Two major U.S. turnpike authorities confirmed that freight traffic has been the lone bright spot in an otherwise dismal two months since the COVID-19 pandemic began decimating toll road revenue collections.
Speaking at a press briefing Thursday sponsored by the International Bridge, Tunnel & Turnpike Association (IBTTA), Diane Gutierrez-Scaccetti, chairman of the New Jersey Turnpike Authority, said she has seen “no big drop-off” in commercial traffic despite overall revenue in March and April falling 25.1% and 61.6%, respectively.
“Our commercial traffic has stayed pretty strong, so that has helped us leverage out the loss on the passenger side,” Gutierrez-Scaccetti said. She cited temporary increases in state weight limits and federal exemptions on hours-of-service rules as factors supporting the trucking sector.
“If [COVID-19] has had unintended consequences, it’s been forging an even stronger relationship with our commercial traffic through the New Jersey Motor Truck Association,” she said. That includes partnering with the association on hand sanitizer distribution and ensuring restrooms and food service options remain open and available.
Mark Compton, chief executive officer of the Pennsylvania Turnpike Commission (PTC), said an increase in freight generated by e-commerce and just-in-time deliveries over the past few years has been even more evident since the start of the pandemic.
“What I can tell you is, [despite] the dip we had since mid-March, the dip in commercial traffic has been a lot less than anywhere else,” Compton said. “We were only down 10% in those commercial [vehicle weight] grades during this pandemic, largely due to the e-commerce phenomenon.”
Since the beginning of March, overall revenue on the Pennsylvania Turnpike is down $118 million, with traffic down about 50%, Compton affirmed, which translates into roughly 20 million fewer vehicles. Revenue and traffic bottomed out during the week of April 5, Compton said. “Since then we’ve been coming back about 2-3% per week, but not nearly quick enough to overcome the loss we’ve had,” which led to PTC cutting its 2020 capital budget by 24%.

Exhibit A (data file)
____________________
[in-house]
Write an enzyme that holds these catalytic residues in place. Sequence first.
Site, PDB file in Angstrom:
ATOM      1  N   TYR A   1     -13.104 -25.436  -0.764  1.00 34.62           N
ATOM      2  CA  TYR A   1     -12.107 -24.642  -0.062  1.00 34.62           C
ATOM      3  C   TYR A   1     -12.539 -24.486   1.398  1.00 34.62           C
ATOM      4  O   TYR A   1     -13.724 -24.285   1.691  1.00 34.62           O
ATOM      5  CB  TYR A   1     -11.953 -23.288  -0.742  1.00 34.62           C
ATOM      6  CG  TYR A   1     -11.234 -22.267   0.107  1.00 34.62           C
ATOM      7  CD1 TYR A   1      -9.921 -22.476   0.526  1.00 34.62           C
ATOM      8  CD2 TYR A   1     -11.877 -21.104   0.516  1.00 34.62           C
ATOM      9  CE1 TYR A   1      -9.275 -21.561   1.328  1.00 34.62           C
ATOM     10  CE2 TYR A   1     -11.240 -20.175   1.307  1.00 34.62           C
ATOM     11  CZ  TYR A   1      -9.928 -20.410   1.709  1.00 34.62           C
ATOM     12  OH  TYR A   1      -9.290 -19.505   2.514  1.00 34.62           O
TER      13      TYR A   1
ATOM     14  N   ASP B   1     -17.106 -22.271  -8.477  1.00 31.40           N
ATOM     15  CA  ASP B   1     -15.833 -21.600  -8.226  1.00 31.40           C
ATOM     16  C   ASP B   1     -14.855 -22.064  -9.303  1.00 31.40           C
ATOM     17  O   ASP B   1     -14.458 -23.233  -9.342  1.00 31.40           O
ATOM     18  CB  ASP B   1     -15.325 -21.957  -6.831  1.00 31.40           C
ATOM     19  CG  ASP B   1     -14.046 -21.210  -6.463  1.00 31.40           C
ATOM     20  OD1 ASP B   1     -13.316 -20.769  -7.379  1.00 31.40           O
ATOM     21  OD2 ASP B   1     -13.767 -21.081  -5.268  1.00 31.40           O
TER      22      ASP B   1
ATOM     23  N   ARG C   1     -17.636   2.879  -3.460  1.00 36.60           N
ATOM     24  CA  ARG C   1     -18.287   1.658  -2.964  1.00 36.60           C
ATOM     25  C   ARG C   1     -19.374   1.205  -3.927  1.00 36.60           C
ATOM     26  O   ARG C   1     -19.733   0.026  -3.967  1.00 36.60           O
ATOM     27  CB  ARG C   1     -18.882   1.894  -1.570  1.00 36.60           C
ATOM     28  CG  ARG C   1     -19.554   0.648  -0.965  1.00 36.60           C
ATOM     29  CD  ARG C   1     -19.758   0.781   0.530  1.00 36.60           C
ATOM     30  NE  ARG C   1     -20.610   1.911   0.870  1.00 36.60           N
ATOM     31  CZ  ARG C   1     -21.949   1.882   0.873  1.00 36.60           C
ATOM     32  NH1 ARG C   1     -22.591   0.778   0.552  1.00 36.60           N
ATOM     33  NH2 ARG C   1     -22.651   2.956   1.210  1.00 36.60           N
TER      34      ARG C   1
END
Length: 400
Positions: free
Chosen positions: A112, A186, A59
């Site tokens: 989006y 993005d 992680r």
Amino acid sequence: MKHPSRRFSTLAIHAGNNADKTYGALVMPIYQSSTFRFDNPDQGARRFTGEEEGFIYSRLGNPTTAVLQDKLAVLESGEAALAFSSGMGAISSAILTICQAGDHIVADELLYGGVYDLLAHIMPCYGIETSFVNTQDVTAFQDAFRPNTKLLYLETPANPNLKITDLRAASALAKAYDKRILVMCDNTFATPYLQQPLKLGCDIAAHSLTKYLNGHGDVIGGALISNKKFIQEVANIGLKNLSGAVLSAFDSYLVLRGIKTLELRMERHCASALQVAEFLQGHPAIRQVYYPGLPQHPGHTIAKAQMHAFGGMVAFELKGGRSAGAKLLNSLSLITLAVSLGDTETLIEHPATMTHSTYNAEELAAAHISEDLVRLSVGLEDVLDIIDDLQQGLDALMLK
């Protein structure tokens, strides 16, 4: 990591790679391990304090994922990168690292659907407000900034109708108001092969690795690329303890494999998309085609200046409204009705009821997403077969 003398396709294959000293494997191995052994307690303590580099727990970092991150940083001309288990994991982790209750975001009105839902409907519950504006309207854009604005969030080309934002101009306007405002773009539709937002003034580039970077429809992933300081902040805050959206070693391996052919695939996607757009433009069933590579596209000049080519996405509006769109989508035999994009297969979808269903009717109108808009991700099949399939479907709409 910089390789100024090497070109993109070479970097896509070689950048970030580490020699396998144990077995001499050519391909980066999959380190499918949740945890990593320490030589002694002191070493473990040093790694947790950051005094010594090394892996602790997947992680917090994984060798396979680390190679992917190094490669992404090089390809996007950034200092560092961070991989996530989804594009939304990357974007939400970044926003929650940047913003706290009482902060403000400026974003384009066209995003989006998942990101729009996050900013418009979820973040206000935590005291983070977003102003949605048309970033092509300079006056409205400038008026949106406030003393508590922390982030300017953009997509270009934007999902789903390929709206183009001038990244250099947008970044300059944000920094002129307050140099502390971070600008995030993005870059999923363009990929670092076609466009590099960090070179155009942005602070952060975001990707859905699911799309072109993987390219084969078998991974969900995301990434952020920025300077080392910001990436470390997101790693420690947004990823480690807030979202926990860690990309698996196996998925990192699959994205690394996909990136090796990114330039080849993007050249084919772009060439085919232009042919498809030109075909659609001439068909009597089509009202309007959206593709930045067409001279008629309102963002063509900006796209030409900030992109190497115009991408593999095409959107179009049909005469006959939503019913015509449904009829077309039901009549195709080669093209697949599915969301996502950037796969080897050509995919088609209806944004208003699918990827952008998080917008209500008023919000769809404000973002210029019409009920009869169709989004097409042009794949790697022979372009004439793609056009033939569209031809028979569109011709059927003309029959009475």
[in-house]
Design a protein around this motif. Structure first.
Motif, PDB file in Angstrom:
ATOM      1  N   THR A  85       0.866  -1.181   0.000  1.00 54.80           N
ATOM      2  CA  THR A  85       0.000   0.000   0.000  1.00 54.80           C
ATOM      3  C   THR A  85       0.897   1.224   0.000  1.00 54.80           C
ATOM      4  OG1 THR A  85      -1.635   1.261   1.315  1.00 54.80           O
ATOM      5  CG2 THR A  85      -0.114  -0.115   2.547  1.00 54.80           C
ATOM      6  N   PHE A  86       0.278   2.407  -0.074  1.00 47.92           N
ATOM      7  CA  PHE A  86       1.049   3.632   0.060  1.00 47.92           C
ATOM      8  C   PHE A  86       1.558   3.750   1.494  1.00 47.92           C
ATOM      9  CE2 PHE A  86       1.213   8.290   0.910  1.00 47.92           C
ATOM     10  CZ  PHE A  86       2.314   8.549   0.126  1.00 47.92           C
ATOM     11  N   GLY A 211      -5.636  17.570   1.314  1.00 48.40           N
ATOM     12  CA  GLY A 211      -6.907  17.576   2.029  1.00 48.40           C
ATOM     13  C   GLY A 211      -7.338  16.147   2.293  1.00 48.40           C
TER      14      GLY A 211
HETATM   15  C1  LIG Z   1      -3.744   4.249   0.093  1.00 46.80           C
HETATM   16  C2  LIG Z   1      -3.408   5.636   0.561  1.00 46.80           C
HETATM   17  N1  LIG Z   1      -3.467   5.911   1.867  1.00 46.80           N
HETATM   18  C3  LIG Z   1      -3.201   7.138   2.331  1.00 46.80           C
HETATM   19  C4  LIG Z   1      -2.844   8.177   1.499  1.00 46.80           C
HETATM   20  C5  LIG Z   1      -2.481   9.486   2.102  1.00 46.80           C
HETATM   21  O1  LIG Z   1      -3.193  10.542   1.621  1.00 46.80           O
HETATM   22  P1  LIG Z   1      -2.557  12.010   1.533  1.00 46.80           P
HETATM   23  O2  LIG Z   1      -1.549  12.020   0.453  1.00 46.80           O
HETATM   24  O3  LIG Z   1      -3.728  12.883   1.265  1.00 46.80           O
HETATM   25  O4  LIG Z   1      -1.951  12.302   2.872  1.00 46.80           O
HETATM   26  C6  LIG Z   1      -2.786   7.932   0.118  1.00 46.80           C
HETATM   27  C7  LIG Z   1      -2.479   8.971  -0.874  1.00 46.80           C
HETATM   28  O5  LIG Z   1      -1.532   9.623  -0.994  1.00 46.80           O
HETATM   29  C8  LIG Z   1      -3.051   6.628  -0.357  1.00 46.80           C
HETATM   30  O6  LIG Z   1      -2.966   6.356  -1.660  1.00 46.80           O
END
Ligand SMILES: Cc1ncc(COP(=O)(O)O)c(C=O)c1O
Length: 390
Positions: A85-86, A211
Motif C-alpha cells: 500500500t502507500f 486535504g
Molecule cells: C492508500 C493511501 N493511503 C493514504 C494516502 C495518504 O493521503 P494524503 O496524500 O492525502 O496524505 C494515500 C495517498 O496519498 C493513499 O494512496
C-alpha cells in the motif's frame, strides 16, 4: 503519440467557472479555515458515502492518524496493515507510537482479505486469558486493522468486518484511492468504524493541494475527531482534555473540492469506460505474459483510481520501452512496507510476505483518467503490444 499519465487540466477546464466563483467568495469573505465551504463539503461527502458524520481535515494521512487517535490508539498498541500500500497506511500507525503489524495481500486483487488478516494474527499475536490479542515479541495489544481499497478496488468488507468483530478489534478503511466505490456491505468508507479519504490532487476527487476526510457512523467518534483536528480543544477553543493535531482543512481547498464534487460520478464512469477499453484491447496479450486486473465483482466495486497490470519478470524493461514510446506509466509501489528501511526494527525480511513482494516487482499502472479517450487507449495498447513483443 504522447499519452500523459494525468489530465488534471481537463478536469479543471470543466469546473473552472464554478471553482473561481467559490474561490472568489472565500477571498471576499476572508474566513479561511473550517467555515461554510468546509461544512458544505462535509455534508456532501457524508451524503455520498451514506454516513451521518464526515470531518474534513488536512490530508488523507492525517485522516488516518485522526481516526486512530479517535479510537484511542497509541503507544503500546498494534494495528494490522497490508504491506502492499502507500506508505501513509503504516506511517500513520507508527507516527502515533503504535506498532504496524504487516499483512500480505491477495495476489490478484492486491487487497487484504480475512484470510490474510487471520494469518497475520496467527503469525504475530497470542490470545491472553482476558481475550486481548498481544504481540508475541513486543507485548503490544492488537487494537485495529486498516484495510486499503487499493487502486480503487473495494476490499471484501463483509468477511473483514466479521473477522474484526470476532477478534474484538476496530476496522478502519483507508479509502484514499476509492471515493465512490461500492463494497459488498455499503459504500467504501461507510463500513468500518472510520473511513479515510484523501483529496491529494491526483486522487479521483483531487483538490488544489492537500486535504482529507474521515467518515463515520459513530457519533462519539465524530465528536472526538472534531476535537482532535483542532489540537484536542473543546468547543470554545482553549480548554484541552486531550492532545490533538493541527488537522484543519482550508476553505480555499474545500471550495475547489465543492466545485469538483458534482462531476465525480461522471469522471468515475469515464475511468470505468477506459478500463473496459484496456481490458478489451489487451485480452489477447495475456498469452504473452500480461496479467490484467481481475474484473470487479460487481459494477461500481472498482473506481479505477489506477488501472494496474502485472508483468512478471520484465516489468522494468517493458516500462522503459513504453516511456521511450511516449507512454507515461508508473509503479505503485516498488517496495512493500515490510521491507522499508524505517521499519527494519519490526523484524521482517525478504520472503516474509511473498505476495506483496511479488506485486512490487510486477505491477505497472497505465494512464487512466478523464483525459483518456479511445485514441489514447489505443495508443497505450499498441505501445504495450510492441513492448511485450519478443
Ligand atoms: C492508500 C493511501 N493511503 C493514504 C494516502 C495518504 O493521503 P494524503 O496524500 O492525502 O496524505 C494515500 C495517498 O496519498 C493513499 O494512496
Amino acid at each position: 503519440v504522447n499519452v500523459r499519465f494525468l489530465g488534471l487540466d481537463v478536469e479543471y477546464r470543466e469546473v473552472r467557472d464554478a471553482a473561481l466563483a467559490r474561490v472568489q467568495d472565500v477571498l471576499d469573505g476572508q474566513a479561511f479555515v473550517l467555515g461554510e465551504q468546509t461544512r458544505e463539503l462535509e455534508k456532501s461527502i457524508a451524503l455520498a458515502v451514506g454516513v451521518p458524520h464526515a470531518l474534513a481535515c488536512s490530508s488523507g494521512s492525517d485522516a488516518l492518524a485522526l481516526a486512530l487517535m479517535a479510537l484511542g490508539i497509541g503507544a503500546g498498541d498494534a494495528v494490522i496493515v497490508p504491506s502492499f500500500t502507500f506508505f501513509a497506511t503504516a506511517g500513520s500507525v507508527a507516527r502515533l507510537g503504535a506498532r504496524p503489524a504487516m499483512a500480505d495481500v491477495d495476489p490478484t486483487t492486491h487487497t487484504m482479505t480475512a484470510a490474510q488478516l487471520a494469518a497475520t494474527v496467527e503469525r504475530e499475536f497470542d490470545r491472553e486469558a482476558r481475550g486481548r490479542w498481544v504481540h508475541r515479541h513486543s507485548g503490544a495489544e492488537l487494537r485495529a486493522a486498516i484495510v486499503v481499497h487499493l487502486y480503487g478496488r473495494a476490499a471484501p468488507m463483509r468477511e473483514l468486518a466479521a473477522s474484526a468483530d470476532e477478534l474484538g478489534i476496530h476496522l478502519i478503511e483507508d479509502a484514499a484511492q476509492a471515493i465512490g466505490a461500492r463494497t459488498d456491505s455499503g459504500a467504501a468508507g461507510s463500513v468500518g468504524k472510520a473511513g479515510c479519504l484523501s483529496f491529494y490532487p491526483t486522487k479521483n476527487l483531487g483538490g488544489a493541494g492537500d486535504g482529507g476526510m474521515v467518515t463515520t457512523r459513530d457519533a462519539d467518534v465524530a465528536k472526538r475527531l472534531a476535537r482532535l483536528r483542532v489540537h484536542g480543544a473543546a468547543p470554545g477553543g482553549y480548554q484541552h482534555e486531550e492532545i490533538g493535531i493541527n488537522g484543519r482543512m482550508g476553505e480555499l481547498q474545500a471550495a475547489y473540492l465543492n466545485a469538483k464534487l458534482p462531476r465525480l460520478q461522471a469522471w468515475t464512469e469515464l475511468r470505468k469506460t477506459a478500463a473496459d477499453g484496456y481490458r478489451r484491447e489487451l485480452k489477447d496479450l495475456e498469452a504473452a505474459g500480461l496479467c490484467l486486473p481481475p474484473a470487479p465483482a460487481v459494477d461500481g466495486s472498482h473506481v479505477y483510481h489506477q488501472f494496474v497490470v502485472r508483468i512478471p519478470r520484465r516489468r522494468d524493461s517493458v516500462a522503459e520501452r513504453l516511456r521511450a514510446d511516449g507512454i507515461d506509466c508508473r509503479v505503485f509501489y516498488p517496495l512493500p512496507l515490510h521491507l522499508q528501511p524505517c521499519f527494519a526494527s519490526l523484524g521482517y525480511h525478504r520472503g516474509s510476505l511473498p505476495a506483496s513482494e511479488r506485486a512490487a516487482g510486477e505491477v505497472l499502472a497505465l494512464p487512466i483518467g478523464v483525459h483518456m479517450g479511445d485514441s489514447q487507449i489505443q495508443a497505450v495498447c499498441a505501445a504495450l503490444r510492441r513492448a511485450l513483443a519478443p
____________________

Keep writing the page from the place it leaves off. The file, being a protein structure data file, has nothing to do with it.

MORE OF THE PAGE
According to IBTTA, the U.S. has 342 toll facilities run by 128 operators in 34 states generating more than $20 billion a year in toll revenues from freight and passenger trips. Those revenues pay for maintenance and upgrades on 6,300 miles of highways, bridges and tunnels.
IBTTA Executive Director Patrick Jones pointed out that the upcoming Memorial Day weekend is traditionally one of the busiest travel times of the year. “But because of the response to the COVID-19 pandemic, many vital and iconic American transportation facilities are suffering severe traffic and revenue declines of 50% to 90%.”
During the briefing, Chris Tomlinson, executive director for the Georgia State Road and Tollway Authority, estimated a toll revenue decline of $12.3 million, or 28%, for the fiscal year as a result of COVID-19. Samuel Johnson, CEO of the Transportation Corridor Agencies in Orange County, California, reported that prior to the pandemic, toll roads were experiencing double-digit growth in traffic, with monthly revenue up more than 11% compared to last year at the beginning of March. Transactions and revenue have since dropped 70%-80%, he said.
Government officials have warned that falling revenues due to a decrease in vehicle traffic on public highways since the pandemic took hold are accelerating the annual shortfall in money collected into the Highway Trust Fund, which bolsters the case for tolling systems to support infrastructure, Jones said.
“As the gas tax continues to lose purchasing power, tolling and mileage-based user fees will take on greater importance,” he said. “User-financed transportation is a proven and reliable means to help America recover, rebuild and grow our way out of this crisis.”